First off, I’m NOT talking about a landline here. Just to get that clarification out there, up front
In terms of buying a new phone – smartphone at that – there seems to be a culture here in the U.S. where replacing it every 2 years is the norm. Januarybe not among all people, but people who can feasibly afford a smartphone seem to look to replace it every two years.
Why? Well, there’s the little aspect of a 2 year agreement that many folks seem to have. I’ve had a few people tell me that as soon as their agreement was up, they immediate sought out a new phone. That 2 year time marker was the signal to go phone shopping. Apparently, everybody “must” upgrade phones at that time. Or so some people say.
I had this conversation with some friends a few months back, and the people are really solid, sensible folks. They’re good with their money, and don’t overspend much. Yet, they’re a lot of fun. That’s a good combination!
Anyway, I was good-naturedly teased a bit for not wanting to upgrade my phone right away. You see, my 2 years have been up for many months – to the point where soon, it will be 3 years since my last upgrade. They simply couldn’t understand why I would use such an “outdated” phone when I could instead go pick up a new iPhone. To them, it was almost incomprehensible that I would be so hesitant to do that, and instead use a phone well over 2 years old.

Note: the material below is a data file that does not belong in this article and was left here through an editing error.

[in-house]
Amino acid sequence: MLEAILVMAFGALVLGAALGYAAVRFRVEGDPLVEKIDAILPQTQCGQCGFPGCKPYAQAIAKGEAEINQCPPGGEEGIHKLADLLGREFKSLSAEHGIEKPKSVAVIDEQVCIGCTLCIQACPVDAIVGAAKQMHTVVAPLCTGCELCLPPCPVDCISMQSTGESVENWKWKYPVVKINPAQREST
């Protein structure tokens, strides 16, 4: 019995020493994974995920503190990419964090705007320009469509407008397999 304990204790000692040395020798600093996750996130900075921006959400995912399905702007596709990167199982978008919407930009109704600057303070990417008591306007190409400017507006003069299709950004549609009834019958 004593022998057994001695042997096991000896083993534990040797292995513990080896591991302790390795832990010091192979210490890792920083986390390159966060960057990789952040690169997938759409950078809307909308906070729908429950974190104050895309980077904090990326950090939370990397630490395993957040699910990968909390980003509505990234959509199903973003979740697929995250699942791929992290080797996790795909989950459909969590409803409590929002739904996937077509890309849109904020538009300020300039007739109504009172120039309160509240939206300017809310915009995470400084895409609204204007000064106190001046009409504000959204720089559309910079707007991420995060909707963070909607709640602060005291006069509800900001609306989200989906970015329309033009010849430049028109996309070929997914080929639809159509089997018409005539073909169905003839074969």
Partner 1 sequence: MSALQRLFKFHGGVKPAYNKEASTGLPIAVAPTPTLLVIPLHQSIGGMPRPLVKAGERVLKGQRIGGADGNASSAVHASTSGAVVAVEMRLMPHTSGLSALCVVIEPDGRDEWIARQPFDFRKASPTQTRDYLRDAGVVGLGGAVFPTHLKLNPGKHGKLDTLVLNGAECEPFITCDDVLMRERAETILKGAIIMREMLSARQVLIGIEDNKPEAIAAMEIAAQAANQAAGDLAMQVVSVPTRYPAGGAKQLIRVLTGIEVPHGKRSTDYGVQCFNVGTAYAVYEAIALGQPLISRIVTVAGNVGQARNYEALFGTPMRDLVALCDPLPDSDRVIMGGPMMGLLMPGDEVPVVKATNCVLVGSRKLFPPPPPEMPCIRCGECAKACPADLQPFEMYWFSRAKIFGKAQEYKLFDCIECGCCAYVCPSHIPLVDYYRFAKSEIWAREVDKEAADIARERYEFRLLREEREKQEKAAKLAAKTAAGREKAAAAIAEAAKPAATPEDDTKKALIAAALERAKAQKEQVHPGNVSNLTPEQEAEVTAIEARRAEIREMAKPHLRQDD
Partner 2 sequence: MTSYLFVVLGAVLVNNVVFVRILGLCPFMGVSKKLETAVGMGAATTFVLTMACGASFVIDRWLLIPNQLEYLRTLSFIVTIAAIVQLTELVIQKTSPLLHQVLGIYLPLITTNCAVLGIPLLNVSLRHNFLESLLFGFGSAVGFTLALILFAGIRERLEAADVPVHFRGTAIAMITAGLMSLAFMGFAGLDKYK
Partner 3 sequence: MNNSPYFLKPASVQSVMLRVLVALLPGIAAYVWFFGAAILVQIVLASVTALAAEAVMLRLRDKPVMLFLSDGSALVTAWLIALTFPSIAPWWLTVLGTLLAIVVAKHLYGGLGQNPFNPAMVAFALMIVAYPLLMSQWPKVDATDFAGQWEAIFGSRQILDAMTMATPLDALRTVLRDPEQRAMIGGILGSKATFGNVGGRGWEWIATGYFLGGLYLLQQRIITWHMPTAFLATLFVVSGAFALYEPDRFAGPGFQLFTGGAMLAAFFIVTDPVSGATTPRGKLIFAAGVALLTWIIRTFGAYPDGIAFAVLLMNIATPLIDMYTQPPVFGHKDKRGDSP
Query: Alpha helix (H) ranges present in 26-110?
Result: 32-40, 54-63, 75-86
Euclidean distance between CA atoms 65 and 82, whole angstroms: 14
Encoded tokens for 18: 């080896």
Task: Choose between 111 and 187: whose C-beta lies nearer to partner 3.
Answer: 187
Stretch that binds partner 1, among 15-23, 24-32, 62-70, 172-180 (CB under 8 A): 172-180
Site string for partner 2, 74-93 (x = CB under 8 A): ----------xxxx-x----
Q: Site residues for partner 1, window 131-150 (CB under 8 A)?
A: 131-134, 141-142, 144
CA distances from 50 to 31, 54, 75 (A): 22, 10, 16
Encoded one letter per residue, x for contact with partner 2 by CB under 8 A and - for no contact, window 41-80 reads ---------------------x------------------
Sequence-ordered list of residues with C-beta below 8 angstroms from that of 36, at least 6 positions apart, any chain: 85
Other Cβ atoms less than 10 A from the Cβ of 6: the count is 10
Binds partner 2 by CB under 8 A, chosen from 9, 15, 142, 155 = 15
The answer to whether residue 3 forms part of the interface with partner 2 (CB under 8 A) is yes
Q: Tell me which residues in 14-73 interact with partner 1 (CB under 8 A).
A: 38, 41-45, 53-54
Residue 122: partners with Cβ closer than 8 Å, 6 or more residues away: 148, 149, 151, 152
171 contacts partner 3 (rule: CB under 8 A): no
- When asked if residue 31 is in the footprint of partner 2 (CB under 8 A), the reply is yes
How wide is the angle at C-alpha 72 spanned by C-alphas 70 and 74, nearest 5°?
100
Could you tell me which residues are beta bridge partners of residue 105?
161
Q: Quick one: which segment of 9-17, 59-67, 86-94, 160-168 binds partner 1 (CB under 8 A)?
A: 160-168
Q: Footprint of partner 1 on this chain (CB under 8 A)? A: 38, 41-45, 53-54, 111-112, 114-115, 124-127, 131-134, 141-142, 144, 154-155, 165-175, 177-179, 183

Here’s the thing: just because a 2-year agreement is up, it doesn’t mean that you need to get a new phone. Besides, a new phone that’s cutting edge isn’t likely to be free anyway with another agreement. Additionally, if the phone you have still works well, what are you truly missing? So why spend when you don’t have to do so.
Let’s say you replace phones every 2 years. This means, through 6 years, you will have used 3 phones before your next upgrade. If you upgrade every 3 years instead, it will mean 2 phones are used in 6 years before your next upgrade. You’ll save on the cost of a phone, just by stretching out each purchase by a year.
To me, it’s a case of wants vs. needs. Yet, for many, any new technology within a product category might be perceived as a “need”. I think at some point in time it might eventually become a need, but an immediate upgrade is usually a “want”.
Readers, what do you think about phone upgrades? How often do you replace your phone? Do you get very tempted to upgrade as soon as possible, or do you prefer to use your existing phone for as long as feasible?